• While every school’s Harassment policy defined harassment as conduct that limited, interfered with or impaired a student’s ability to participate in campus life, less than 40% of the Codes of Conduct described harassing behavior in this way; 60% of the schools that are most popular with Jewish students do not recognize this crucial impact of the harassing behavior and are therefore less likely to treat such behavior as seriously as they do when directed at members of “protected” identity groups.
  • More than one-third of the schools included in their Codes of Conduct statements affirming that harassment of students in “protected” identity groups would receive more severe punitive sanctions than similar behavior directed against “unprotected” students, thereby creating a more robust deterrent against the harassment of students in “protected” identity groups than against Jewish victims who are not recognized as “protected” students by university administrators.
  • While all Harassment policies included a description of robust protection from retaliation for those who filed complaints, almost half of the school Codes did not even mention retaliation protection, leaving Jewish students at a school with such a Code of Conduct who are not considered eligible for protection under the Harassment Policy less likely to report harassing behavior to administrators for fear of retaliation.
  • In more than three-quarters of the schools, complaints of harassment targeting students in “protected” identity groups were handled by a special administrative office that focused on handling complaints of harassment and discrimination exclusively, while complaints about harassing conduct directed at Jewish students covered only by the school’s Code of Conduct were handled by the same office that handles all student conduct complaints.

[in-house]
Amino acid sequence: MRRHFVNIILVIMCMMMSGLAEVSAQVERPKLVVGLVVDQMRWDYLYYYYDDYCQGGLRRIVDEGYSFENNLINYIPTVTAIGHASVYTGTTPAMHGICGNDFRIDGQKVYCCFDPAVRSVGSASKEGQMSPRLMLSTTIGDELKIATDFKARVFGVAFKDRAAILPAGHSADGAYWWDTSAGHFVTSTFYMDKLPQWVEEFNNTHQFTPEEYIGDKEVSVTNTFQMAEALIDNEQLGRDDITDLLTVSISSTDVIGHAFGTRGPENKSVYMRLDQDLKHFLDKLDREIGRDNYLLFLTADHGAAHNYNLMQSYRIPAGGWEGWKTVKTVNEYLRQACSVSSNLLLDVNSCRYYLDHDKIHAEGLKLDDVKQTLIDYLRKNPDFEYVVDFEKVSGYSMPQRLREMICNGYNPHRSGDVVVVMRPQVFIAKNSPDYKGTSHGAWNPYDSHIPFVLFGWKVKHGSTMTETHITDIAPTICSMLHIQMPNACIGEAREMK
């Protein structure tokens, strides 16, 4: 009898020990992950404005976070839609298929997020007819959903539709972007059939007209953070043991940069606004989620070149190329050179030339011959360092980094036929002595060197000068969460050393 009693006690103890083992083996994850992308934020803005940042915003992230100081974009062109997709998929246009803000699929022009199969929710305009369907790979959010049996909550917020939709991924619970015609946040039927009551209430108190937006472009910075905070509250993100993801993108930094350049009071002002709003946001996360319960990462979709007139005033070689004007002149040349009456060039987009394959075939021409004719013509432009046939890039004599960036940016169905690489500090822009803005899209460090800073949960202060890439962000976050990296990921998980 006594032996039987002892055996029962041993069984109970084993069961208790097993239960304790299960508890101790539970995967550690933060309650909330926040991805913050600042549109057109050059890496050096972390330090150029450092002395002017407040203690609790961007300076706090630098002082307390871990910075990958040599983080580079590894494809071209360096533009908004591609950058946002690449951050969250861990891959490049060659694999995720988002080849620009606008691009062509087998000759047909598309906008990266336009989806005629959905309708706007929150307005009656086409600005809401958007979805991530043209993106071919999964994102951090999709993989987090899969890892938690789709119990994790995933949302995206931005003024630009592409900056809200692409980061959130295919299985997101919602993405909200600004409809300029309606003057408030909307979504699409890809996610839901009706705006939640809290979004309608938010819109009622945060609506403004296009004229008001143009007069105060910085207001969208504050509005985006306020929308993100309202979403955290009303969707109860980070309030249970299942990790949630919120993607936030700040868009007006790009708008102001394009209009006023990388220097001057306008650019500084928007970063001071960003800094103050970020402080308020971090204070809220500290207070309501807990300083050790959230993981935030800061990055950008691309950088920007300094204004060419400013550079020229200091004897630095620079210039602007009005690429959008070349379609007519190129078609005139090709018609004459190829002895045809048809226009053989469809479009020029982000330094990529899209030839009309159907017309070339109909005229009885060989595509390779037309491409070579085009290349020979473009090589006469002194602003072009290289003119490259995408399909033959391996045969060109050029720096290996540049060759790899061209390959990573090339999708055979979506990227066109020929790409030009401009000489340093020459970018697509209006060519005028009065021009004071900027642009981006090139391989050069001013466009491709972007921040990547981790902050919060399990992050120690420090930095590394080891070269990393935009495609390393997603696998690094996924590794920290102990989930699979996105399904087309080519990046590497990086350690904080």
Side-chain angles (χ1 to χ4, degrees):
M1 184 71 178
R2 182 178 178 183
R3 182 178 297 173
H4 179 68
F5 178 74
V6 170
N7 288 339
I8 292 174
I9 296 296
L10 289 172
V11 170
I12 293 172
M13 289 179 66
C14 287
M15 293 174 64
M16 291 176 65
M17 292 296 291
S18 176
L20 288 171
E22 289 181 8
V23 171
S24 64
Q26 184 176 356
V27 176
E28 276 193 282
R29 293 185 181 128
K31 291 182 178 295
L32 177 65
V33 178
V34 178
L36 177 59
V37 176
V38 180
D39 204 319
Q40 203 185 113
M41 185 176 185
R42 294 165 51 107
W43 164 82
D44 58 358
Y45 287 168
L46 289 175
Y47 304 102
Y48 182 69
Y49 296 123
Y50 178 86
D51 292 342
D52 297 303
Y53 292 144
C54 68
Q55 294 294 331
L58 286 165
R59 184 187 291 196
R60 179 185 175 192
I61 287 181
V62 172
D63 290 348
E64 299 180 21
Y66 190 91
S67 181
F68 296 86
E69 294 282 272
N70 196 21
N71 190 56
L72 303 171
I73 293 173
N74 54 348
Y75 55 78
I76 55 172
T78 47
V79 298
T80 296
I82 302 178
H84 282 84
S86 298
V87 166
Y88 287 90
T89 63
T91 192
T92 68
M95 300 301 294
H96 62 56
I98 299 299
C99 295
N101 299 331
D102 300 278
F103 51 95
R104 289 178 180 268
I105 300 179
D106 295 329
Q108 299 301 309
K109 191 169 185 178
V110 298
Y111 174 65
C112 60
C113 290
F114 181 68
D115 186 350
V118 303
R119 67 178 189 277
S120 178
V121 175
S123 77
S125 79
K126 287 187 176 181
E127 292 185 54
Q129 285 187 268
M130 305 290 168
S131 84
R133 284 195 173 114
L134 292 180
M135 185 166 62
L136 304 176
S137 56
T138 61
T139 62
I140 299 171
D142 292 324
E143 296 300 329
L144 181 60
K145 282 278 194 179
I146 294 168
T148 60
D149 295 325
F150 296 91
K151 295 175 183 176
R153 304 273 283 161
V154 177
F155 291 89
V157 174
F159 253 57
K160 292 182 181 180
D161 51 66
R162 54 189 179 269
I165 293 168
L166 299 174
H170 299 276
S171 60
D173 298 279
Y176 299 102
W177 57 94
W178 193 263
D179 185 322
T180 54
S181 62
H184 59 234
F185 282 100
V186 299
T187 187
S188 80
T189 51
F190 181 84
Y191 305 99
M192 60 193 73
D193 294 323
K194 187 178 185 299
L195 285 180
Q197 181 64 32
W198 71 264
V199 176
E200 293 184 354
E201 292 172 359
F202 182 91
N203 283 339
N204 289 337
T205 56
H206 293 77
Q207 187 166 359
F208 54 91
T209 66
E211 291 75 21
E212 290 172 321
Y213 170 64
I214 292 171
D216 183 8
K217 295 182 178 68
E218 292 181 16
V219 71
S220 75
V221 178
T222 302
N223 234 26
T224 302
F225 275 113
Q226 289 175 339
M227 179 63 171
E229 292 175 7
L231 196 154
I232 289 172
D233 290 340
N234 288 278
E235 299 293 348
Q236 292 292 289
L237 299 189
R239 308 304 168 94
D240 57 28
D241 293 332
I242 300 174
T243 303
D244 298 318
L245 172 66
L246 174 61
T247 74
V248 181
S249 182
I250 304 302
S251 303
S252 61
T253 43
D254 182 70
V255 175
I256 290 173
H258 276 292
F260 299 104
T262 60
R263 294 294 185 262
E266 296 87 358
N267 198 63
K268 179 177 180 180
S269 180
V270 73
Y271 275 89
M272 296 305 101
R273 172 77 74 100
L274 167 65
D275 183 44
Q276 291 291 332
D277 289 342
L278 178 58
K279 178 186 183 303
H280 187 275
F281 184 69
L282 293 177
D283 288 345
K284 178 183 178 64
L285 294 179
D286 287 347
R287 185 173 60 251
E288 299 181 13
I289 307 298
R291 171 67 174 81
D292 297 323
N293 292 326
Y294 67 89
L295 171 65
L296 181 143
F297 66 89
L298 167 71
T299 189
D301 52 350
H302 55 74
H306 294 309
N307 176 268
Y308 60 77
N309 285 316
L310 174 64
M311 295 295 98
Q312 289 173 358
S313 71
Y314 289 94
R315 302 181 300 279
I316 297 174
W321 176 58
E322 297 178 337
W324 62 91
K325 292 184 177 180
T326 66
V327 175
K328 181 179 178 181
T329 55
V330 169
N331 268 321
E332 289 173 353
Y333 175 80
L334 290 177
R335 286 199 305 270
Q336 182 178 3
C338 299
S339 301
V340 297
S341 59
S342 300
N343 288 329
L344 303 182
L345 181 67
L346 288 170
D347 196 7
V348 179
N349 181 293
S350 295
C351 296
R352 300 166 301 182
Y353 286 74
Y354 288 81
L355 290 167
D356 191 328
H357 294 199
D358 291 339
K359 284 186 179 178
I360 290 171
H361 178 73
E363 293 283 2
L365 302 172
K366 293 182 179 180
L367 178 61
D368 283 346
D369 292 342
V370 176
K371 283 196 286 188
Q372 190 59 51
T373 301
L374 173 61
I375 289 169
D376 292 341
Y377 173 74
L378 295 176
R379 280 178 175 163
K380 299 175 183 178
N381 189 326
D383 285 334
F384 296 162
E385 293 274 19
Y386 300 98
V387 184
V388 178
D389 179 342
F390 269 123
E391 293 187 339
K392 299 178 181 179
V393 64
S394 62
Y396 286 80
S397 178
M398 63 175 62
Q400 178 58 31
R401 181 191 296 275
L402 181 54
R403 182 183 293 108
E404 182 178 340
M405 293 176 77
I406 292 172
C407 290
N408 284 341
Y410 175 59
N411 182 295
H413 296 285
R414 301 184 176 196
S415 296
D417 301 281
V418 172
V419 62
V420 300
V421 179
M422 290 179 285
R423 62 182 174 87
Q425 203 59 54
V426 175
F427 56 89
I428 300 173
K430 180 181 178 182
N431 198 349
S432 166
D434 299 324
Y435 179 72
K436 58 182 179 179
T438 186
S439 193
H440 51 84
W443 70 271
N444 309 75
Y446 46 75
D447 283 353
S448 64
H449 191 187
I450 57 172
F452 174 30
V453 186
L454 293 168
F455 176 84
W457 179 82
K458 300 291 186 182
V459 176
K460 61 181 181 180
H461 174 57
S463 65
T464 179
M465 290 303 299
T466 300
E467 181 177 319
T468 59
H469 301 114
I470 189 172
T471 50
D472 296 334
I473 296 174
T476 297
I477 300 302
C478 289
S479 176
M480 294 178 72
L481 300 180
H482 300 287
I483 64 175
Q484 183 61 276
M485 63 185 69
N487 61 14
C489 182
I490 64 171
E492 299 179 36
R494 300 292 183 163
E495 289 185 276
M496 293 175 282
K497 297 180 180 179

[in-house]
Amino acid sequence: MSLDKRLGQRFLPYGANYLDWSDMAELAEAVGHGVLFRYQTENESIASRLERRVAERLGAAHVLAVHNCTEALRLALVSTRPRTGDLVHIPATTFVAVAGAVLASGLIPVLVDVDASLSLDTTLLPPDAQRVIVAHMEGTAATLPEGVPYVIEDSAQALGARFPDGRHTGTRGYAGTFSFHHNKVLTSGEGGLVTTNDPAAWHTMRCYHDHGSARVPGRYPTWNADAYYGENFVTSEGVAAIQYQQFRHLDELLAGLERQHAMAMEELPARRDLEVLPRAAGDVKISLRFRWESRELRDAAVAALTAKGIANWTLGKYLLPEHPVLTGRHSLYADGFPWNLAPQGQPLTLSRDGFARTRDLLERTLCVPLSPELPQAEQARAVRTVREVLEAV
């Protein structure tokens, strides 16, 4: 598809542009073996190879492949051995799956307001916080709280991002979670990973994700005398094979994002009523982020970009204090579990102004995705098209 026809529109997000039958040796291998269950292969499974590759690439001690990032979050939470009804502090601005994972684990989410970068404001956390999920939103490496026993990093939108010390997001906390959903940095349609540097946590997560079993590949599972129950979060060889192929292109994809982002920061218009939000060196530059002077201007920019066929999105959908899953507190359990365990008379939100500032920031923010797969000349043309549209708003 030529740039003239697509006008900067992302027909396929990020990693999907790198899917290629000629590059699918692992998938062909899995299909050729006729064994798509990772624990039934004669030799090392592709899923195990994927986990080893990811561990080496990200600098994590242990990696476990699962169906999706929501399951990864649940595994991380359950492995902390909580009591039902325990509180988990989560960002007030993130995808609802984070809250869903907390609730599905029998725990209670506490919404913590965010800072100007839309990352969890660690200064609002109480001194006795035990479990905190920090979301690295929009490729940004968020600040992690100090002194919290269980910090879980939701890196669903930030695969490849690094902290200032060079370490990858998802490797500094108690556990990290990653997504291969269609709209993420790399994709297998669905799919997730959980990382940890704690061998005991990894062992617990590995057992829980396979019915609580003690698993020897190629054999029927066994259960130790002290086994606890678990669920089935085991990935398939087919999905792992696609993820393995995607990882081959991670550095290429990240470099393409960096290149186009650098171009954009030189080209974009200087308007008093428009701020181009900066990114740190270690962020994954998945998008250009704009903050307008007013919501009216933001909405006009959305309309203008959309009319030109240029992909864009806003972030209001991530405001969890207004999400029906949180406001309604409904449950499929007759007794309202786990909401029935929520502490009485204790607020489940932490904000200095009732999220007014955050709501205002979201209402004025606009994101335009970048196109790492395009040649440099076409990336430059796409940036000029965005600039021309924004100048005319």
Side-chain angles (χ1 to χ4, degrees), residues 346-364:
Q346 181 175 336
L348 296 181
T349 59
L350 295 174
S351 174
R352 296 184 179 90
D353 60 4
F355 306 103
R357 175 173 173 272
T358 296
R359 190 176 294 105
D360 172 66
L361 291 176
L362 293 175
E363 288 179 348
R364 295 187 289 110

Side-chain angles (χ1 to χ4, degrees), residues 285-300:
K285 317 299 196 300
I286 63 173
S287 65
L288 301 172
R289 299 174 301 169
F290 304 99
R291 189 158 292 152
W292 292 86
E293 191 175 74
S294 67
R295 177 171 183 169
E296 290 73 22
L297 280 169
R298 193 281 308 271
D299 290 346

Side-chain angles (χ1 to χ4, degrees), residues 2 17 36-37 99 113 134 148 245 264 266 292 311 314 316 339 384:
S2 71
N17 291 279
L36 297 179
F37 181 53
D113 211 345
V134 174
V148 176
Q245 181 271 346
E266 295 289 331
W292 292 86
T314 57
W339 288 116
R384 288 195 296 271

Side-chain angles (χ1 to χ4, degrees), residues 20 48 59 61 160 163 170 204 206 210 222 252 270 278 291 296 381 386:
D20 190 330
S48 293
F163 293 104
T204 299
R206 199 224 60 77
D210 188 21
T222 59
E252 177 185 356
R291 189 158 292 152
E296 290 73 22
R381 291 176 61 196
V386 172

To remedy this inequality, the report recommends requiring schools to use a single standard to judge objectionable behavior: language and action deemed unacceptable when directed at students from one group must be deemed unacceptable when directed at any student, irrespective of the motivation of the perpetrator or the identity of the victim.

Under the First Amendment, all students––including Jewish students––have a constitutional right to be equally and adequately protected from behavior that takes away their freedom of expression. And all students deserve an environment free from harassment that impedes their education and well-being. The researchers note that Harvard recently unveiled a draft policy that will do just that and can serve as a model for implementing this recommended approach. The Harvard draft policy guarantees unprotected students the administrative consideration of and response to harassing behavior equivalent to that granted to protected students.

The report also recommends new legislation, in the spirit of Title VI of the Civil Rights Act, establishing a clear legal process and robust government enforcement mechanisms for ensuring that all students in state and federally-funded schools are equally and adequately protected from harassing behavior.